A Beginner’s Tips for Setting Up Instagram

Is Instagram for Authors?A few weeks ago, our Jim Devitt wrote a tutorial on How to Get Started on Instagram. Since I am always taking photographs, I figured this would be a great app for me. It seemed like everyone else was on Instagram, so it made sense to finally take the plunge. I was very grateful to have Jim’s article to guide me through.

Being a technological dinosaur – and that’s Ms. Megapnosaurus to you, thank you – I needed a little bit more hand-holding. So here are some tips that might help those of you new to smart phones and apps, and all that other newfangled stuff.

Jim has already shown you how to download and install the Instagram app here. Make sure you do that, and you’re ready for what comes next.

Your Profile: Setting up your profile is pretty vanilla. Since I am not that great at typing on my phone, and my voice-to-text consistently believes I’m speaking Swahili, I decided to do that part of the set-up on my computer. It’s really one of the only things Instagram will let you do via computer without downloading apps (as Jim talks about here).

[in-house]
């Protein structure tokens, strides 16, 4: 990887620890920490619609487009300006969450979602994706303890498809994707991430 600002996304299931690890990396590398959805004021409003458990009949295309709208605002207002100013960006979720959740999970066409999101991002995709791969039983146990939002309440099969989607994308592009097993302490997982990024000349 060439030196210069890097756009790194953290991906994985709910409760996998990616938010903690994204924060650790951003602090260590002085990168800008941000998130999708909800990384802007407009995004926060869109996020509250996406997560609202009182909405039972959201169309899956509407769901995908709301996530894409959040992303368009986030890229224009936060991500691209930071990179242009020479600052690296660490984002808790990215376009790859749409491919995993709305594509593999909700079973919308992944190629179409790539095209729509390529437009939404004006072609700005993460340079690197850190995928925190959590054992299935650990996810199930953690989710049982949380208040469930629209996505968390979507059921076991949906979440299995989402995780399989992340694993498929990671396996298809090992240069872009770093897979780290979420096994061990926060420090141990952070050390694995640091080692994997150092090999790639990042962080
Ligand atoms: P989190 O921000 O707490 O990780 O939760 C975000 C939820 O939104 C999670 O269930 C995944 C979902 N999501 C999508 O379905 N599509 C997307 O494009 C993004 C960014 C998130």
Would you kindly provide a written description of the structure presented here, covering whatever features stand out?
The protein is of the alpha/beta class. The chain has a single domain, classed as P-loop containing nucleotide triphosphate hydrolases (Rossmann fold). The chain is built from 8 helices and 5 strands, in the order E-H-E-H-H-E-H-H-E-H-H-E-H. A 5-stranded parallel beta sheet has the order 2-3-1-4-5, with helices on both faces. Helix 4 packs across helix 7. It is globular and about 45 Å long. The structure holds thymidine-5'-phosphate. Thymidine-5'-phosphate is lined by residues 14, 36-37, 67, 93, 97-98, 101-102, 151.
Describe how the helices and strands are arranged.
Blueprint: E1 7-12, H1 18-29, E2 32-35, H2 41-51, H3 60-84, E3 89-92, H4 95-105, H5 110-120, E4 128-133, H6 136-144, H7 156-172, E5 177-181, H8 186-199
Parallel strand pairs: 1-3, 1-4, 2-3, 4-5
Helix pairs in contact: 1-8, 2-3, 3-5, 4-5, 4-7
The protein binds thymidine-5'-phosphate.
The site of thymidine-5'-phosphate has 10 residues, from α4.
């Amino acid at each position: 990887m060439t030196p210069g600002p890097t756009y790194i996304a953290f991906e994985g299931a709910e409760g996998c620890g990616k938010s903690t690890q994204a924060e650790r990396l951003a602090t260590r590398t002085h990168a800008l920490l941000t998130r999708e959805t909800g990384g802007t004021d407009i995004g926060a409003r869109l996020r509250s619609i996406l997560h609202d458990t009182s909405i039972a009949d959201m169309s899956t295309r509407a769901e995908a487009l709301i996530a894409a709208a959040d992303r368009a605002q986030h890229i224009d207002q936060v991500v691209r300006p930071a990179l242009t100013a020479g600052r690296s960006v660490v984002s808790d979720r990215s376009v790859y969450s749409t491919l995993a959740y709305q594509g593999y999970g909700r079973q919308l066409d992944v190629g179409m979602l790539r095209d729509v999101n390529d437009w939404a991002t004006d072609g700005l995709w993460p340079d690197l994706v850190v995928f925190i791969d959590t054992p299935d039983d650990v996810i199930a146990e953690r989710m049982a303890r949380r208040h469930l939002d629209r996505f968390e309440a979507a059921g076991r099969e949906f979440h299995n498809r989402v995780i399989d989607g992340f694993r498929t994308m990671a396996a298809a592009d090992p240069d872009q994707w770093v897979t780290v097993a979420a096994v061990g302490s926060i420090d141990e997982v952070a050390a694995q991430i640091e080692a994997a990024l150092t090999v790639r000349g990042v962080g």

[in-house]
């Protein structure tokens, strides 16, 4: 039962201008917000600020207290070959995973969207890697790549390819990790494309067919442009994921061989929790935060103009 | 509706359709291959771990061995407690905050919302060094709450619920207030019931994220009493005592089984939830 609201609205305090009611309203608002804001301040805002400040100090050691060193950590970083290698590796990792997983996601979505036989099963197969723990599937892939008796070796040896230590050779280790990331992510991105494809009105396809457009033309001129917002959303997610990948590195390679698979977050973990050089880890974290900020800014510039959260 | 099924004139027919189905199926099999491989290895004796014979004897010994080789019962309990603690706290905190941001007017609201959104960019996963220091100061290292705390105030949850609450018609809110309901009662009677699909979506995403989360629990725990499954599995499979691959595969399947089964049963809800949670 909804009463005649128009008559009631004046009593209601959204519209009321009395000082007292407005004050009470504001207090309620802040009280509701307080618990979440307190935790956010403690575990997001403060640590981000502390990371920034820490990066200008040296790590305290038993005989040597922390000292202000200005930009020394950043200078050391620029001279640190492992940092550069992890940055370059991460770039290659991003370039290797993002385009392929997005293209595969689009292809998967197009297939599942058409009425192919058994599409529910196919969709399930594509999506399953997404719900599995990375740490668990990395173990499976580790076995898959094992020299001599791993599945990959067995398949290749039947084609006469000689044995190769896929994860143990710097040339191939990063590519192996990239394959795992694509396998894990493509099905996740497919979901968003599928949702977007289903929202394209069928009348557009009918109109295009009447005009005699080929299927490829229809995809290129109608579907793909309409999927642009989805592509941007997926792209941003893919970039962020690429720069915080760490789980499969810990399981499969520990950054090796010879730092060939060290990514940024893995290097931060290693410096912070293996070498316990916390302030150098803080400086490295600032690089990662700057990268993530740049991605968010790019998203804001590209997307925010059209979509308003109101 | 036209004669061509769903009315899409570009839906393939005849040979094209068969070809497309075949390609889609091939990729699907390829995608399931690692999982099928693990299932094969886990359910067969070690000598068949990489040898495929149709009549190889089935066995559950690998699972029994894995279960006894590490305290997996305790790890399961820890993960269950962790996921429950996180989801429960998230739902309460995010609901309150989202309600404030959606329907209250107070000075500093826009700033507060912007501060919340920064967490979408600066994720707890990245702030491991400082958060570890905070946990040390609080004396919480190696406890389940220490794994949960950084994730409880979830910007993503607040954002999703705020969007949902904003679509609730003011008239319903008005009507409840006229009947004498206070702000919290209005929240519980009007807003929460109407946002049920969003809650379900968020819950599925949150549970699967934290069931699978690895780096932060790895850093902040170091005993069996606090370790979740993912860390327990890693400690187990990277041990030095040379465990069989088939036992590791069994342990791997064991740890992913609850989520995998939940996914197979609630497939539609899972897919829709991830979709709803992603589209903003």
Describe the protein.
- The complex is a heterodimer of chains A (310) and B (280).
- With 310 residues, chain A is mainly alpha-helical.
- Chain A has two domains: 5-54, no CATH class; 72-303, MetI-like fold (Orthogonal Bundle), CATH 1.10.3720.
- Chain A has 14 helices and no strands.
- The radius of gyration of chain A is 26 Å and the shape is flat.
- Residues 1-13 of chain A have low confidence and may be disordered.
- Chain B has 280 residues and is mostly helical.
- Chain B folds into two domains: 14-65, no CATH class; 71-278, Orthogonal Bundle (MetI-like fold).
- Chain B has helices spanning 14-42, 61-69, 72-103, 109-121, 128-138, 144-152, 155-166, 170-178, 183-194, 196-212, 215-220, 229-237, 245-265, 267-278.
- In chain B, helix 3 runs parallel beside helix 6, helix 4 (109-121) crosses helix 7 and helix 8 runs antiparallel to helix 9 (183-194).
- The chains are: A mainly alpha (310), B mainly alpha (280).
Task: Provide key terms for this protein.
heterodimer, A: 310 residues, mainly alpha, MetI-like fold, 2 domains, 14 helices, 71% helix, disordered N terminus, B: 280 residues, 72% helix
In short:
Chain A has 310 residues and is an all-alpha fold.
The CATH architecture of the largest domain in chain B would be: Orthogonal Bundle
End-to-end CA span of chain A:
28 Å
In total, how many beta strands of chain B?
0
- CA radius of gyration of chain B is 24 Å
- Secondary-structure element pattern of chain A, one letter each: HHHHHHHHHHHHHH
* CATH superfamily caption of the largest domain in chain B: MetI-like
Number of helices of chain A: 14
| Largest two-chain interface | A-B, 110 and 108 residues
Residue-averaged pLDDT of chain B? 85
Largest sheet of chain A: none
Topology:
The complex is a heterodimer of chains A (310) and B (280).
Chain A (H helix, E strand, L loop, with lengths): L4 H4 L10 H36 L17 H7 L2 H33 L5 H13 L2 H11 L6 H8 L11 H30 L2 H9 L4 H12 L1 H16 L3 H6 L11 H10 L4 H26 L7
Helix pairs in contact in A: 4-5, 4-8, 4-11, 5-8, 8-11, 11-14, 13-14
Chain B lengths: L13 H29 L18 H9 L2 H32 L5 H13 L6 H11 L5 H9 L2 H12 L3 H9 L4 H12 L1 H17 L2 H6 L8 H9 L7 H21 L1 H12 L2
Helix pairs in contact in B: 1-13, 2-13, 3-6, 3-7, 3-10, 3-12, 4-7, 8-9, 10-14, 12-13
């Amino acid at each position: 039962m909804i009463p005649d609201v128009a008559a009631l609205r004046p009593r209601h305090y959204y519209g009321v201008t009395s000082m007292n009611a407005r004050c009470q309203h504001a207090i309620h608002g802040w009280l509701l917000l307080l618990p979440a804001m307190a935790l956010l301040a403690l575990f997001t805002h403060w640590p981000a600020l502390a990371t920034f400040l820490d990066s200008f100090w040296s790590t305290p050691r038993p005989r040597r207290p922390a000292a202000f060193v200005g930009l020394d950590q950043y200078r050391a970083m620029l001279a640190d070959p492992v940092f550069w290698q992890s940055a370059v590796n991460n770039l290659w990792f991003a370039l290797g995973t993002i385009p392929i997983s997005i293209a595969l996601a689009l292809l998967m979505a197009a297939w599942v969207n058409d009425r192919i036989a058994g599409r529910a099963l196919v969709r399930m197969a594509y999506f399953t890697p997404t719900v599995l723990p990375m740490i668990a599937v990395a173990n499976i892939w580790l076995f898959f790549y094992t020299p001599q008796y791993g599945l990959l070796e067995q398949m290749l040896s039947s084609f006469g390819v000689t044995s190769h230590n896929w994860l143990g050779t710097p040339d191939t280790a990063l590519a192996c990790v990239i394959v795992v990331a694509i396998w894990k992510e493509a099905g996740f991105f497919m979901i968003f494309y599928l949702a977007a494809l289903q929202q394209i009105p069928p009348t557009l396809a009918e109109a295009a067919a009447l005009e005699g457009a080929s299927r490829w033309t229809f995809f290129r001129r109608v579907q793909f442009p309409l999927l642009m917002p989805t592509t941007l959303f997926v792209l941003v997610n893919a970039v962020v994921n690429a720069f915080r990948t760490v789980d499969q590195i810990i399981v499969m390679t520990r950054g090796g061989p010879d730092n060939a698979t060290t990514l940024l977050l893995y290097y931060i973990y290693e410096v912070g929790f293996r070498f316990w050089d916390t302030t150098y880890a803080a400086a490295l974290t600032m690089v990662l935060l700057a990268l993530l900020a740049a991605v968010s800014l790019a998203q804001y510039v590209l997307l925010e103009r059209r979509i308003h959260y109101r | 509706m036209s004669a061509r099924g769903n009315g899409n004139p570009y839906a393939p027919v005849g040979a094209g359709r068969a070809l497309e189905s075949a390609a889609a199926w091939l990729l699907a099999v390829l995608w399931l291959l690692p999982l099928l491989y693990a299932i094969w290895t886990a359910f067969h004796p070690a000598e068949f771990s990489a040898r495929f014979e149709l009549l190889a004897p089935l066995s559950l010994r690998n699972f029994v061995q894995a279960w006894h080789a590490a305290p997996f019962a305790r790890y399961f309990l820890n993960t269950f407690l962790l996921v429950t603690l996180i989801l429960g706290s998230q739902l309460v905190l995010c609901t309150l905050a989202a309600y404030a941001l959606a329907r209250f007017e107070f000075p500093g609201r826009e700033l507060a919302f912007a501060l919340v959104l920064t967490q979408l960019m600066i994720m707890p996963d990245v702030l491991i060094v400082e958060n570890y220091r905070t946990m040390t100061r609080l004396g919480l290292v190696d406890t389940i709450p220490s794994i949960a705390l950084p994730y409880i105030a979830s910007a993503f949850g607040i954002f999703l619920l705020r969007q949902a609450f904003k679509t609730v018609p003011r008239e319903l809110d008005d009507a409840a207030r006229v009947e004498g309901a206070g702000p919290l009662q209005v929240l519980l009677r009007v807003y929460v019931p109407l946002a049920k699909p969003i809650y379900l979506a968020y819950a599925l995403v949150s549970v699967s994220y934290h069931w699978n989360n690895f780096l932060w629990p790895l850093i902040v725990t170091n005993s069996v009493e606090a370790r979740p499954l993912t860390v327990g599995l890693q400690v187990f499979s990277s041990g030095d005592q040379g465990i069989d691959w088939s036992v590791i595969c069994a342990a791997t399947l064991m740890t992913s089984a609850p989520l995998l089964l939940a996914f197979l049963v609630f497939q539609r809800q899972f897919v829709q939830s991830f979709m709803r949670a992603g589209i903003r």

Just login to Instagram, and from your homepage, click on your user name in the upper right-hand corner.instagram starting out profileClicking Edit Profile will take you to this page:instagram setting up profileThe other reason I liked setting this part up on the computer was because I could copy and paste from other bios. (No, I still haven’t figured out how to copy and paste on my phone! Stop snickering.) That made it easier for me. Type in your information, then hit submit.

Linking to Other Social Networks. Don’t be a big dummy like I was on this one. Linking does NOT means sharing. I’ll explain why later. But first, you must link to your other social networking accounts if you want to make the most of what Instagram offers.

Back on your phone, from pretty much any screen you’re on, click the little person (#1 below) in the bottom right-hand corner. That will take you to your profile.

your instagram profile 2015-03-18-17-29-08Once you are on your profile, click the three vertical dots in the upper right-hand corner. That’s #2 above. That will bring you to your Options screen. Scroll down until you see SETTINGS, and then Linked Accounts. Clicking on that will bring you to a new screen which lists a number of other social media networks.

instagram linked accounts screenEnter your information on all of them. Trust me on this one. Just do it. I even opened Flickr (photo sharing) and VKontakte (the European Facebook) accounts just to take advantage of Instagram’s convenience. (Note: setting up Flickr is kind of a nuisance. You have to have a Yahoo! account to do it – as best as I could tell.) And yes, I pulled another bonehead move and set up a Foursquare account, not even knowing what it was. You may want to look into that – ask around – before you take that leap. Once these are set up, you are ready to take your first picture!